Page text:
It is important to be hopeful but also realistic otherwise events can be devastating (I speak with experience).  With advanced cancer, it is a good idea to get a second opinion if nothing more than providing the family assurance that the chosen treatment path is the best for your niece.  Most important at this point is to manage side effects of chemo.  The onocologist should provide this information but an additional source that is helpful is:

https://fightcolorectalcancer.org/fight/treatment/managing-side-effects/

This is a good source for understanding advanced colon cancer:

https://www.beatingbowelcancer.org/wp-content/uploads/2018/01/Advanced-Bowel-Cancer-Treating-Metastases_compressed-1.pdf

US Reports ranks hospitals for cancer care.  When selecting a place for surgery evaluation, you want a place that serves a high volume of colon cancer patients.  If not, then the place may only rarely see a case like your niece and/or may offer fewer options.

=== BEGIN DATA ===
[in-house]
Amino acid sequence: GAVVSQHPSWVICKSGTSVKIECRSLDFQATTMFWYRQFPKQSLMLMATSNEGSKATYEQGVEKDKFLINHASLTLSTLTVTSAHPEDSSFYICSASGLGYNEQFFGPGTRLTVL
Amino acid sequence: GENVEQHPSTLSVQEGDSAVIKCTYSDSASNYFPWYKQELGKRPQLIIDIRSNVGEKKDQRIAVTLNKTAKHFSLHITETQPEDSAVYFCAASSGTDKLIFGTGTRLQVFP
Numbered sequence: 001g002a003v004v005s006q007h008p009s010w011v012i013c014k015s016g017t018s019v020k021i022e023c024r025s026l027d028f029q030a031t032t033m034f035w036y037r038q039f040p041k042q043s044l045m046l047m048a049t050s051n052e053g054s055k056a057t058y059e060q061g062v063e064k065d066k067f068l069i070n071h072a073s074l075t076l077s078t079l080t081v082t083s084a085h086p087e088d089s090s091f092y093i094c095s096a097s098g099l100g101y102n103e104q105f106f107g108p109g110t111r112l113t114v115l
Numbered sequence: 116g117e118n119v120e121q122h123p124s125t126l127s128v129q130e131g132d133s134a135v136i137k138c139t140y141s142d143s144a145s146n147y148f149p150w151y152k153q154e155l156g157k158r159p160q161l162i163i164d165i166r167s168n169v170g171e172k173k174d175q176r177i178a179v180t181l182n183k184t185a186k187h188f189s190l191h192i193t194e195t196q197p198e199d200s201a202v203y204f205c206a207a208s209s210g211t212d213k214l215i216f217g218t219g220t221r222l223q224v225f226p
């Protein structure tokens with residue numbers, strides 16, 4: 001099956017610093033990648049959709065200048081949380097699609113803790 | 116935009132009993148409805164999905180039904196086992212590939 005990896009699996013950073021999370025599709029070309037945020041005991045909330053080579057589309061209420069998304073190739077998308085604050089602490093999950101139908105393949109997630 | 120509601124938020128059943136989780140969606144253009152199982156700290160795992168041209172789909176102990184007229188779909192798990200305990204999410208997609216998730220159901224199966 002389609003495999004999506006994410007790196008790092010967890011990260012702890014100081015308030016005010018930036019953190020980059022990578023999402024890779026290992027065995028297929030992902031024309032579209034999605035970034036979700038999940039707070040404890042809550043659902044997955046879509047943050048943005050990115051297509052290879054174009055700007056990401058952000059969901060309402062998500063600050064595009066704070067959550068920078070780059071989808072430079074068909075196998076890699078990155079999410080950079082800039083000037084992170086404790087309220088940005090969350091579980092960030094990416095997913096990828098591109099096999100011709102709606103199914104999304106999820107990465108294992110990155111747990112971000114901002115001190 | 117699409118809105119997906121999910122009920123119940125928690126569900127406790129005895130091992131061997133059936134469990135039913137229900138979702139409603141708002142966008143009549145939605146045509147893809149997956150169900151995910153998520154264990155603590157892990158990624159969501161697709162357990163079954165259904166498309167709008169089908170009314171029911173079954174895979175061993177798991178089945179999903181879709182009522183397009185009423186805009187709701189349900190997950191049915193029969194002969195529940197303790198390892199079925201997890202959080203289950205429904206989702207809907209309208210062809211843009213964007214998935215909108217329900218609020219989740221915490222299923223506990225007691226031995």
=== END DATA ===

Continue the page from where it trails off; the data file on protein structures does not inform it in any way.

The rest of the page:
https://health.usnews.com/best-hospitals/rankings

 

Slow-runner
Posts: 55
Joined: Oct 2017

My husband also has liver involvement (at least ten tumors) and also lung involvement.  He has been in treatment since September 2017 and is responding.  I believe it is very important where you go, we are at Penn in Phila. I would recommend a cancer treatment center or large university hopsital.  Do you have any nurse friends?  They are a great source of the inside tract.  Fighting this cancer is a long battle but there are discoveries made everyday that bring us hope.  We were devistated when we got the initial news (thought we would be picking out a coffin) but soon came to find that this is a journey and although he will not be cured, we truly feel that it can be held at bay enough for him to have many more years with us. Adding your niece to my prayer list.

FSUTom
Posts: 4
Joined: May 2018